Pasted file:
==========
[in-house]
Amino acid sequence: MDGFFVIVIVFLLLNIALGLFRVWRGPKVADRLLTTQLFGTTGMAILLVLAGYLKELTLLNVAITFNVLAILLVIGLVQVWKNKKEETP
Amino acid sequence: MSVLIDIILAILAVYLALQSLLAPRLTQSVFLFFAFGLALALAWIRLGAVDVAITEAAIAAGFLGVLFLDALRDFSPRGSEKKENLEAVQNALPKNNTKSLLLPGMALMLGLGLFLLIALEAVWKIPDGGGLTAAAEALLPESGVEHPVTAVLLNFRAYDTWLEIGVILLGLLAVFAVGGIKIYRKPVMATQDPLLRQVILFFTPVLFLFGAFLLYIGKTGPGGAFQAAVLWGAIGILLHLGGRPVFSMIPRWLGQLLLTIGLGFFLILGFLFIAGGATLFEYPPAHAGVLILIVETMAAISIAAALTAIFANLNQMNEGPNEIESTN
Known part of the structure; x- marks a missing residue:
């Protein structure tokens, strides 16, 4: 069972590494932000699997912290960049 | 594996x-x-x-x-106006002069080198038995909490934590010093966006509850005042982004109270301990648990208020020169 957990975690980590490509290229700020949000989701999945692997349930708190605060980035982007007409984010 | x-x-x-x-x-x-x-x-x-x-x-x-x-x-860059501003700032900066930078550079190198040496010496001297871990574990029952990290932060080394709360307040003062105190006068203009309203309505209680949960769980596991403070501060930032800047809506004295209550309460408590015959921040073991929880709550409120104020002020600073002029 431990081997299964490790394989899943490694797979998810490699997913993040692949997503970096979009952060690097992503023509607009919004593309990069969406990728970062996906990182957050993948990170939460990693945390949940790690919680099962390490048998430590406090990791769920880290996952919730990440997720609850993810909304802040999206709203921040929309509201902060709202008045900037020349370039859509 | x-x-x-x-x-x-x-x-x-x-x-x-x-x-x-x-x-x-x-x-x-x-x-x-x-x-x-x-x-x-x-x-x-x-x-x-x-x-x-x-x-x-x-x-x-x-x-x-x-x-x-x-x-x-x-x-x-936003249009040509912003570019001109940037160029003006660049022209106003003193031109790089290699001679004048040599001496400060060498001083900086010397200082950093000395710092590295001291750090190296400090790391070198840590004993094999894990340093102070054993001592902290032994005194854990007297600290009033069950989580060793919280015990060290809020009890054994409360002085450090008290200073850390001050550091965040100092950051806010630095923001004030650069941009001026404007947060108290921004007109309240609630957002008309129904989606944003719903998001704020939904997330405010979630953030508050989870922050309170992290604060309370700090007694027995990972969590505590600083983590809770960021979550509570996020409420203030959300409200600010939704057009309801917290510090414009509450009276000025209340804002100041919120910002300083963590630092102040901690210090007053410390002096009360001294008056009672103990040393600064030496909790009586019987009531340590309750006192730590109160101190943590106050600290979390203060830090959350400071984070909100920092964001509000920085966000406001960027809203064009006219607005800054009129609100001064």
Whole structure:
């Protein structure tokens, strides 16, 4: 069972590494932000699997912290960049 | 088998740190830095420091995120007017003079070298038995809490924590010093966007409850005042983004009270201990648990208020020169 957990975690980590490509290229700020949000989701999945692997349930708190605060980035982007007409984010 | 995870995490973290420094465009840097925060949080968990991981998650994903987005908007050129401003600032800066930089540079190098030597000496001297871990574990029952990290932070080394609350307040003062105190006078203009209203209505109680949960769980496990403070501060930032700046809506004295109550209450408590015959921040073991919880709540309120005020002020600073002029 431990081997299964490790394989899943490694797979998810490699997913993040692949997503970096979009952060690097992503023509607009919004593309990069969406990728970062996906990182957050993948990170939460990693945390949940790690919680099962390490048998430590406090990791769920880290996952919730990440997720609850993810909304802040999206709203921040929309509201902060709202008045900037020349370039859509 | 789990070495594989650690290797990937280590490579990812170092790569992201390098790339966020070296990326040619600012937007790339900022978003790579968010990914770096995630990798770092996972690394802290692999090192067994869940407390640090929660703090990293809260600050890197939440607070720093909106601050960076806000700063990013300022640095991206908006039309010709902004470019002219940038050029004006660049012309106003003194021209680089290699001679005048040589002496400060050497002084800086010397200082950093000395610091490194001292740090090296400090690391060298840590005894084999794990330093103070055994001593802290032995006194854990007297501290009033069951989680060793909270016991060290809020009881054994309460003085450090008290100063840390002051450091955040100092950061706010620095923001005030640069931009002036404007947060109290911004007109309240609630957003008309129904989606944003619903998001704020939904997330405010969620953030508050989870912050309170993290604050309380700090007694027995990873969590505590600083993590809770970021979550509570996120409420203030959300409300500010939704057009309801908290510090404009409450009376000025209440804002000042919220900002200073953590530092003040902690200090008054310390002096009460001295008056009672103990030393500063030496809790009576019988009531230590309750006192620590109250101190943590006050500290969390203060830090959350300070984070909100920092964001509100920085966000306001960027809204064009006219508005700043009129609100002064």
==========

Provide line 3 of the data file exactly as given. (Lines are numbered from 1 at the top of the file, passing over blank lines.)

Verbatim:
Amino acid sequence: MSVLIDIILAILAVYLALQSLLAPRLTQSVFLFFAFGLALALAWIRLGAVDVAITEAAIAAGFLGVLFLDALRDFSPRGSEKKENLEAVQNALPKNNTKSLLLPGMALMLGLGLFLLIALEAVWKIPDGGGLTAAAEALLPESGVEHPVTAVLLNFRAYDTWLEIGVILLGLLAVFAVGGIKIYRKPVMATQDPLLRQVILFFTPVLFLFGAFLLYIGKTGPGGAFQAAVLWGAIGILLHLGGRPVFSMIPRWLGQLLLTIGLGFFLILGFLFIAGGATLFEYPPAHAGVLILIVETMAAISIAAALTAIFANLNQMNEGPNEIESTN